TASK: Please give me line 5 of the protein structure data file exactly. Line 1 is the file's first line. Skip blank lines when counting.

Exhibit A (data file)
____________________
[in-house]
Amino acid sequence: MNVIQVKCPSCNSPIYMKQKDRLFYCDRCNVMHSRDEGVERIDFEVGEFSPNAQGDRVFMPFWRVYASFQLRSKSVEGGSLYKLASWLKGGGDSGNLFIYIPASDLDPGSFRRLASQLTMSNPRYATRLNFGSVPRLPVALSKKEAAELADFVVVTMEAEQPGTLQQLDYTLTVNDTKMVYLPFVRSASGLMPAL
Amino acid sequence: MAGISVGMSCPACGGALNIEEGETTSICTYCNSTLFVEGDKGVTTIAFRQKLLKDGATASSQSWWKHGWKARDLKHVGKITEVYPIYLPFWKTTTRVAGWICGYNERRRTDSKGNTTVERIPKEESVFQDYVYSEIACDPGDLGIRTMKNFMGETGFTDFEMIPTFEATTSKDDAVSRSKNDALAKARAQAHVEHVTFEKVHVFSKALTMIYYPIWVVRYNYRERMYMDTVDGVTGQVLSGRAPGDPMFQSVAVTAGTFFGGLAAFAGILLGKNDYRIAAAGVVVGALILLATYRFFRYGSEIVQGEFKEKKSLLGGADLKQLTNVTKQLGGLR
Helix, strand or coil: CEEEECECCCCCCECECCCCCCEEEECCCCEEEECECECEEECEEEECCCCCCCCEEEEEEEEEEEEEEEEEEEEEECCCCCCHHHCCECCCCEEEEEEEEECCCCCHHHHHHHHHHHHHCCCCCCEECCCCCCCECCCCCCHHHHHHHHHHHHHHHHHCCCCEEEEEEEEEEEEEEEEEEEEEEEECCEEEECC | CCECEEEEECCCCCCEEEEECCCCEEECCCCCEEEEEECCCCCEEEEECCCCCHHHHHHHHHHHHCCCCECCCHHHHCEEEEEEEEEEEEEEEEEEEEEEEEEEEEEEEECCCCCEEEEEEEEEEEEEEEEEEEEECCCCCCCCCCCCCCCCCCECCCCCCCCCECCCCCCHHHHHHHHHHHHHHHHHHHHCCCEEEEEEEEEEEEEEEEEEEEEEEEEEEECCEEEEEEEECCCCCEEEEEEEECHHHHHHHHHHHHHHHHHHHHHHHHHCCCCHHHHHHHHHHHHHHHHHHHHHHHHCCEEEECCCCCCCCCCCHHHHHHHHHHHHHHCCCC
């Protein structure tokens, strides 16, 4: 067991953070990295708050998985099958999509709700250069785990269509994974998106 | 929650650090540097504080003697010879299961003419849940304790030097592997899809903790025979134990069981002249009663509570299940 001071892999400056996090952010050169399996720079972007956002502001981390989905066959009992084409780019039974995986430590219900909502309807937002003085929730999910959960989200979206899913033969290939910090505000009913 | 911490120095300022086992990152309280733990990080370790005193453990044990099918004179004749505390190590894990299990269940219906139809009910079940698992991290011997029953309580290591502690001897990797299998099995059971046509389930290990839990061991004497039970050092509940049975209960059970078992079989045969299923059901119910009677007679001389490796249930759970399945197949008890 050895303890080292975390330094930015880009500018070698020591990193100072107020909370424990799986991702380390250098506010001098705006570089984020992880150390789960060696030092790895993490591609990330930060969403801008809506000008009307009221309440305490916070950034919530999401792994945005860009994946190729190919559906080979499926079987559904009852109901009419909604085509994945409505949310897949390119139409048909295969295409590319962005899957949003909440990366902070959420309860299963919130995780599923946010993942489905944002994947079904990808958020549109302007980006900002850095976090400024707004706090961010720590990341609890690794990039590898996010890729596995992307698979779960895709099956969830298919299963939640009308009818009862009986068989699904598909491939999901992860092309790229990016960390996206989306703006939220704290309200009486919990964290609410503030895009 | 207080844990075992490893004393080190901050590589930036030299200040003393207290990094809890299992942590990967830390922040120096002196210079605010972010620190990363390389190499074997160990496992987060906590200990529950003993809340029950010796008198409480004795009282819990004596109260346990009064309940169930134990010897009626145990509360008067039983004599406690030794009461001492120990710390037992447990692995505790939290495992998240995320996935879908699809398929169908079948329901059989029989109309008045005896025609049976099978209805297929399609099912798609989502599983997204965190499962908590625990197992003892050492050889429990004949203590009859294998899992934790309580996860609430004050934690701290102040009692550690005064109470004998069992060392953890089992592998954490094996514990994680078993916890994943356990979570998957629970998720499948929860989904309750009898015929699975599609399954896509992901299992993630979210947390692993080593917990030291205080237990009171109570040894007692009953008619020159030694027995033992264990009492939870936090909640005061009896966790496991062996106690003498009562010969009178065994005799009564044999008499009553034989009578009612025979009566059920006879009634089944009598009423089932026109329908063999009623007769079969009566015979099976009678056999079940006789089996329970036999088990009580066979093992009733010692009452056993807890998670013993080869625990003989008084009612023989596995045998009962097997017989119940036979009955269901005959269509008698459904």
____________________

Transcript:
């Protein structure tokens, strides 16, 4: 067991953070990295708050998985099958999509709700250069785990269509994974998106 | 929650650090540097504080003697010879299961003419849940304790030097592997899809903790025979134990069981002249009663509570299940 001071892999400056996090952010050169399996720079972007956002502001981390989905066959009992084409780019039974995986430590219900909502309807937002003085929730999910959960989200979206899913033969290939910090505000009913 | 911490120095300022086992990152309280733990990080370790005193453990044990099918004179004749505390190590894990299990269940219906139809009910079940698992991290011997029953309580290591502690001897990797299998099995059971046509389930290990839990061991004497039970050092509940049975209960059970078992079989045969299923059901119910009677007679001389490796249930759970399945197949008890 050895303890080292975390330094930015880009500018070698020591990193100072107020909370424990799986991702380390250098506010001098705006570089984020992880150390789960060696030092790895993490591609990330930060969403801008809506000008009307009221309440305490916070950034919530999401792994945005860009994946190729190919559906080979499926079987559904009852109901009419909604085509994945409505949310897949390119139409048909295969295409590319962005899957949003909440990366902070959420309860299963919130995780599923946010993942489905944002994947079904990808958020549109302007980006900002850095976090400024707004706090961010720590990341609890690794990039590898996010890729596995992307698979779960895709099956969830298919299963939640009308009818009862009986068989699904598909491939999901992860092309790229990016960390996206989306703006939220704290309200009486919990964290609410503030895009 | 207080844990075992490893004393080190901050590589930036030299200040003393207290990094809890299992942590990967830390922040120096002196210079605010972010620190990363390389190499074997160990496992987060906590200990529950003993809340029950010796008198409480004795009282819990004596109260346990009064309940169930134990010897009626145990509360008067039983004599406690030794009461001492120990710390037992447990692995505790939290495992998240995320996935879908699809398929169908079948329901059989029989109309008045005896025609049976099978209805297929399609099912798609989502599983997204965190499962908590625990197992003892050492050889429990004949203590009859294998899992934790309580996860609430004050934690701290102040009692550690005064109470004998069992060392953890089992592998954490094996514990994680078993916890994943356990979570998957629970998720499948929860989904309750009898015929699975599609399954896509992901299992993630979210947390692993080593917990030291205080237990009171109570040894007692009953008619020159030694027995033992264990009492939870936090909640005061009896966790496991062996106690003498009562010969009178065994005799009564044999008499009553034989009578009612025979009566059920006879009634089944009598009423089932026109329908063999009623007769079969009566015979099976009678056999079940006789089996329970036999088990009580066979093992009733010692009452056993807890998670013993080869625990003989008084009612023989596995045998009962097997017989119940036979009955269901005959269509008698459904």